When COVID-19 thrusted us into distance learning, many parents of preschoolers felt tasked with the need to get their children ready for kindergarten. Relax, you’ve got this. While you may feel the pressure to teach your child the A,B,C’s and 1,2,3’s, the truth is your child’s social skills in kindergarten are more important than their academics. In fact, this past fall, I presented on this very topic at the National Association of the Education of Young Children National Conference.
Early childhood research reveals that social skills are actually far more predictive of outcomes in adulthood than early academics. In addition, studies have concluded that improving self-regulation in children can improve academic achievement and behavioral responses. So, what is self-regulation? Self-regulation is the ability to manage your emotions and behavior in accordance with the demands of the situation. Some children are better at managing their big emotions than others. How can we help them? With MOVEMENT!
While playing movement games, children must wait for directions and wait their turn, both of which work on impulse control. Listening, remember instructions, and following motor commands work on language skills, memory skills, motor skills. Also, when finished, children often feel success in completing the game giving them a sense of accomplishment.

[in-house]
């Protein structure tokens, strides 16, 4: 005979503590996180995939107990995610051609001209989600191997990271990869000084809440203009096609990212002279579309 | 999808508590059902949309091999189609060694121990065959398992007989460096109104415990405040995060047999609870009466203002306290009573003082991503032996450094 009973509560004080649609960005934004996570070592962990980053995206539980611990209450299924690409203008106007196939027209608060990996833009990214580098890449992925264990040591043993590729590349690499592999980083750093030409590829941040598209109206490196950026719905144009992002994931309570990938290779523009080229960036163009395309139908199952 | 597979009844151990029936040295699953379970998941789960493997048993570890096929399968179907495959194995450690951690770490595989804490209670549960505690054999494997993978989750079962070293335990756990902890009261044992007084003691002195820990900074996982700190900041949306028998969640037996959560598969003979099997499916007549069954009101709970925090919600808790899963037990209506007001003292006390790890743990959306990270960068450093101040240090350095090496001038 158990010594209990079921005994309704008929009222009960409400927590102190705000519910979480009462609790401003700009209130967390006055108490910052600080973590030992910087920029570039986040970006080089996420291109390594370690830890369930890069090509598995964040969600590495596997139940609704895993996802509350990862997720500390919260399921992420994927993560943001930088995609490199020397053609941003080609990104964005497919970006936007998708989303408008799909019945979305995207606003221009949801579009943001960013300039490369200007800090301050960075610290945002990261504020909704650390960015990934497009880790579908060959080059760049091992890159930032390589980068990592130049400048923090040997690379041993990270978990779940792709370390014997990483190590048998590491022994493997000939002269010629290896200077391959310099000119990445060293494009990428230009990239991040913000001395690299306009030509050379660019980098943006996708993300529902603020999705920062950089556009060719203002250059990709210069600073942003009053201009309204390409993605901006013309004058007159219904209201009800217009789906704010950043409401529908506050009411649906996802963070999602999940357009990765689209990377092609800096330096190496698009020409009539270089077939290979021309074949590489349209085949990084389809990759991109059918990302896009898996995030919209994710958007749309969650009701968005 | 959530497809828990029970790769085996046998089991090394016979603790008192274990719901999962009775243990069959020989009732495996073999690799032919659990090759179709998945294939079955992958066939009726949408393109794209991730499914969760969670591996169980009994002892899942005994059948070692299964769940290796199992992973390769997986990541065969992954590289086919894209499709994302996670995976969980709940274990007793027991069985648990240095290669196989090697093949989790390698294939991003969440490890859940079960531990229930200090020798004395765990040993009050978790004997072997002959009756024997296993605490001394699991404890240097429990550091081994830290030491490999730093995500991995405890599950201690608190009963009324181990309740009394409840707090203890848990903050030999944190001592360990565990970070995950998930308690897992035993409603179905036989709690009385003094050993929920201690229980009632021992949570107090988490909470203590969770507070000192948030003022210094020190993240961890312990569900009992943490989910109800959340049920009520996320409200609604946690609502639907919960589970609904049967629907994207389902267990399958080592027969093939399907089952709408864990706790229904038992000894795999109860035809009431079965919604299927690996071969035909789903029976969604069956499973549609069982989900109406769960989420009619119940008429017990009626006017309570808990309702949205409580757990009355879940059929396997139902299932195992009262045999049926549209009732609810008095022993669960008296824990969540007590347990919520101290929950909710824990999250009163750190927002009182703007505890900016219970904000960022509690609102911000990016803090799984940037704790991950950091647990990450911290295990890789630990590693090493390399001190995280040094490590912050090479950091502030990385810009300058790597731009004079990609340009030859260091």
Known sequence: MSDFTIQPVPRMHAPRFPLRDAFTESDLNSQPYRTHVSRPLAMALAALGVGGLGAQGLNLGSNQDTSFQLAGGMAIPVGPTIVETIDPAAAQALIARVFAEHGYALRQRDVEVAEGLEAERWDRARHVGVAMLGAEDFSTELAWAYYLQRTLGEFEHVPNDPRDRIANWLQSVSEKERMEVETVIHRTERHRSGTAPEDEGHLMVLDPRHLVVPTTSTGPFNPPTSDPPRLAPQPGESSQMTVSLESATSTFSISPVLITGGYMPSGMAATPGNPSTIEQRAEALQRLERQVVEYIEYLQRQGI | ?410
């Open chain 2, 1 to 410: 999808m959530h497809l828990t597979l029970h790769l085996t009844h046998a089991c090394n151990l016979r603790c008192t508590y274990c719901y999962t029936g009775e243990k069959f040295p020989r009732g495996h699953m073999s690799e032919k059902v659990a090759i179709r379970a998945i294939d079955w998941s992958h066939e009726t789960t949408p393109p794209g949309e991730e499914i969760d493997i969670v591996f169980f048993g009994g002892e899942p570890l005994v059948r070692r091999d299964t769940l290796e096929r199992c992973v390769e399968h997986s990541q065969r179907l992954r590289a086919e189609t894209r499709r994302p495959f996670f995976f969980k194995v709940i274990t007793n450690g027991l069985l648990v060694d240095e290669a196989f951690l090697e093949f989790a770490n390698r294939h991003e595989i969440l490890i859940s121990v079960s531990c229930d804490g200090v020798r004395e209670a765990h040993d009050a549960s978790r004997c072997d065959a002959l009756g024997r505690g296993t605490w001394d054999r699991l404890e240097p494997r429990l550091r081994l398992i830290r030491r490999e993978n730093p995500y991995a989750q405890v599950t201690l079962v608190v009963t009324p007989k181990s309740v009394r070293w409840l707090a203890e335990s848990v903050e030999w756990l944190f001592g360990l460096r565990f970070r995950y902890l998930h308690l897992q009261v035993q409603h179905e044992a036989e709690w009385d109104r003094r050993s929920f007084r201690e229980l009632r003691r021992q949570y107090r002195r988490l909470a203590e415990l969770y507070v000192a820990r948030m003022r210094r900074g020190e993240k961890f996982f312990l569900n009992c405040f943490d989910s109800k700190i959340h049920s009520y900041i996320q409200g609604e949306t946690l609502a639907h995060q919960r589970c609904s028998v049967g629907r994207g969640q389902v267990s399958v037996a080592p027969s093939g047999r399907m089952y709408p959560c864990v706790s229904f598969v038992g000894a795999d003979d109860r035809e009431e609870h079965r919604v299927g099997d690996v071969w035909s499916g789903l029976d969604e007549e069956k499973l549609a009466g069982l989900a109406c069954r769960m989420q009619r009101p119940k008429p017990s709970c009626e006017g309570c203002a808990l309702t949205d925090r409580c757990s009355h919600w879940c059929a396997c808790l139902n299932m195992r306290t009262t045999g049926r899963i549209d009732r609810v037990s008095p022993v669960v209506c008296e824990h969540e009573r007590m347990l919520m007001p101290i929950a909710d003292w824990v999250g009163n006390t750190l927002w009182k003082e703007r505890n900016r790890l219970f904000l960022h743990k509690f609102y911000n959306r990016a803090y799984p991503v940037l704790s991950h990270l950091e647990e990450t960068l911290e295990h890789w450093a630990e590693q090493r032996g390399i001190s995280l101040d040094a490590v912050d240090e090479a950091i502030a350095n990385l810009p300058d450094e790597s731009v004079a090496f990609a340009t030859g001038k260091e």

As a movement specialist, I believe children learn self-regulation and other crucial “non-cognitive” skills best while playing movement games. Why movement?
- Movement increases circulation to the brain -> better brain function
- Movement reduces stress
- Movement helps to develop balance and coordination
- Movement contributes to the recommended amount of physical activity needed.
What are the best movement games to work on self-regulation? Some of the oldies but goodies like Red light/green light, Simon says, and Duck, duck, goose are fun games that do the trick. Putting music on and having a dance party and then add “freeze” by turning on/off the music is another fun way to work on balance and self-regulation. Yoga is a great calming activity for self-regulation.
Distance learning during this time may make you feel like your preschool child needs to learn their academics via worksheets and handouts. The reality is that the “non-cognitive” social skills they are gaining with you at home simply by playing, moving, and interacting will serve them well in Kindergarten and beyond.